July 31st, 2009
07:16 PM ET
You know it's the home stretch at the Television Critics Association summer press tour, when you have so many interviews that you have to schedule bathroom breaks and ditch lunch.
From my first interview with the ladies of Lifetime's show "Rita Rocks," (Tisha Campbell-Martin and Nicole Sullivan who by the way are FULLY pregnant and just weeks away from their due dates) to my non-stop laughfest with comedienne-actress MoNique, to the intensely serious talk with Edward Norton. I sat in the CNN suite of the Langham Hotel in Pasadena for nine hours through more than 15 interviews on Thursday.
Some of it goes in one ear and right out the other, but some of it really stays with you. Today MoNique and Edward Norton's words stuck with me. MoNique has always had that effect on me because she is REAL whether you like it or not. Real about Hollywood, real about current news topics, VERY real about race in America and real about her beloved Larry King! Yes, I said Larry King. Before I could ask her a single question, she said she wanted to get a message across to Larry King. So, she looked into the camera and asked Larry to be a guest on her upcoming late night talk show on BET. She even gave out her digits so he could call her back and make it happen. She LOVES Larry King. She talked about her upcoming show, her critically acclaimed film "Precious," and thanked President Barack Obama for talking about racial profiling and having the professor and the cop over a beer. She could have gone on and on about ANY topic.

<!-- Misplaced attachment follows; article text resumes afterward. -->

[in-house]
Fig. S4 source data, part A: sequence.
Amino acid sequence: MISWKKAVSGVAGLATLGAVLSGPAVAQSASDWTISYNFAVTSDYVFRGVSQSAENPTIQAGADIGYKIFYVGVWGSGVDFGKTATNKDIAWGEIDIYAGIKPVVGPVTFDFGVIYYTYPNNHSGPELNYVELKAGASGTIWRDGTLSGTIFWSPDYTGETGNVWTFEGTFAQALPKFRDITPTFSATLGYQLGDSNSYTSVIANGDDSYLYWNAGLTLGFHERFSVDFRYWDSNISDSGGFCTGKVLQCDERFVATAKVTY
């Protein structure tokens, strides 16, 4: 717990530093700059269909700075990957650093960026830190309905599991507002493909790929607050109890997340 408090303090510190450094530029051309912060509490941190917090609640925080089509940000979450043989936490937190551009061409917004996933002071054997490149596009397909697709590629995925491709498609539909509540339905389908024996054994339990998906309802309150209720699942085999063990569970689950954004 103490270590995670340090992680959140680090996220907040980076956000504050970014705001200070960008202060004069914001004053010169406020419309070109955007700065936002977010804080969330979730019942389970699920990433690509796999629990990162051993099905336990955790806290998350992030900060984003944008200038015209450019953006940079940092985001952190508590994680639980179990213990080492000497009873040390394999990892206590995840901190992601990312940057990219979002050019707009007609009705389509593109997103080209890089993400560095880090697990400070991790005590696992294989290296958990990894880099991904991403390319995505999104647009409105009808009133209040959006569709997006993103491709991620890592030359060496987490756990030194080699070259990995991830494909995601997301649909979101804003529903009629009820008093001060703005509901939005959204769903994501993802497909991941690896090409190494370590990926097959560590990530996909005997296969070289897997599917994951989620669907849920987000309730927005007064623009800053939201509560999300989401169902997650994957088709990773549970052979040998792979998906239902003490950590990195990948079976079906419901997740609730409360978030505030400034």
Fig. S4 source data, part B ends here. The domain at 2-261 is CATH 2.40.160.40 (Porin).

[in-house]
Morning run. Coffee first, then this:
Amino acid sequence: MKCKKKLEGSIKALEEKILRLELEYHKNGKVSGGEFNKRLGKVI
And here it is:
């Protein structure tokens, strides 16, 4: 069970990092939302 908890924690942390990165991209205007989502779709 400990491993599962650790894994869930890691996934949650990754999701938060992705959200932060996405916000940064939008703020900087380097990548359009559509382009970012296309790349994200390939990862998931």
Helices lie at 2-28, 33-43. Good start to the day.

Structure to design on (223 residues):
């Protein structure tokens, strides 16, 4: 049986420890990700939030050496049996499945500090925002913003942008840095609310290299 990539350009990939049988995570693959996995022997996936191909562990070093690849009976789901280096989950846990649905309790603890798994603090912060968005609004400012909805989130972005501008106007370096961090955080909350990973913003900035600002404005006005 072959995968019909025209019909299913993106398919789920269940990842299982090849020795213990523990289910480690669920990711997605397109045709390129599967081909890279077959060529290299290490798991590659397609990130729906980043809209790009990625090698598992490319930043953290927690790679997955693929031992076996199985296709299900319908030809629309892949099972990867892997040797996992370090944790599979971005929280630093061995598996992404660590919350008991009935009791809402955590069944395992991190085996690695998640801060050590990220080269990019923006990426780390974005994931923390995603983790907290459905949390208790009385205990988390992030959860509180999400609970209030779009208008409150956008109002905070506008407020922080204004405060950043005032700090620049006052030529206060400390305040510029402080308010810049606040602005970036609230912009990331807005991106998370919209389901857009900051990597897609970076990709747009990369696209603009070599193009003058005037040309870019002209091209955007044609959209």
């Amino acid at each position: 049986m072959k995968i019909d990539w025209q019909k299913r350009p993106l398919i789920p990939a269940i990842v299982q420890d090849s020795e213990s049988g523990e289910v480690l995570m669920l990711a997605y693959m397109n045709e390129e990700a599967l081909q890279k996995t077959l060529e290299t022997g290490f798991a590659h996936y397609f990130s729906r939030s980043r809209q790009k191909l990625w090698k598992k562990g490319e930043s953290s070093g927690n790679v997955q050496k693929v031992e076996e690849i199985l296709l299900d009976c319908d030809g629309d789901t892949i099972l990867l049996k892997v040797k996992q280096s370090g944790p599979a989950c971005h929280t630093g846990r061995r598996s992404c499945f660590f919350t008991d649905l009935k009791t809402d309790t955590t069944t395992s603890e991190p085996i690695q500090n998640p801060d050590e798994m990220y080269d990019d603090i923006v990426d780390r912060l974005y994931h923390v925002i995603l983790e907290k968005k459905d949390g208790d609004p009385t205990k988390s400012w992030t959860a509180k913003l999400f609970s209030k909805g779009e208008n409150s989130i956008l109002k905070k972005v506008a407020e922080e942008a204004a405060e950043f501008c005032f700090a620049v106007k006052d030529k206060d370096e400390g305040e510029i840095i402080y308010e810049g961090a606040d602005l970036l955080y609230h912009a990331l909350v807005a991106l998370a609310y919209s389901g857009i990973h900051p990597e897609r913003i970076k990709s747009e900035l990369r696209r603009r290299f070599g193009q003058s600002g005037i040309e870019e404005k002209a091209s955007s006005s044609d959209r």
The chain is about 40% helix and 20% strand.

But the tone in the room changed when actor Edward Norton walked in to promote his new documentary "By the People: The Election of Barack Obama" which his company Classic 5 films produced. He was initially very quiet but once he relaxed a bit he talked, without taking a break at times, about how the directors got access to then presidential candidate Obama's inner circle to shoot hours of private meetings and behind the scenes footage for the documentary while Obama zigazagged the country campaigning. Norton says he doesn't think this is a puff piece like some, on the right side of the political landscape, might think try to label it. He says it's simply a history of one of the most important times in America.
Interesting documentary to say the least.
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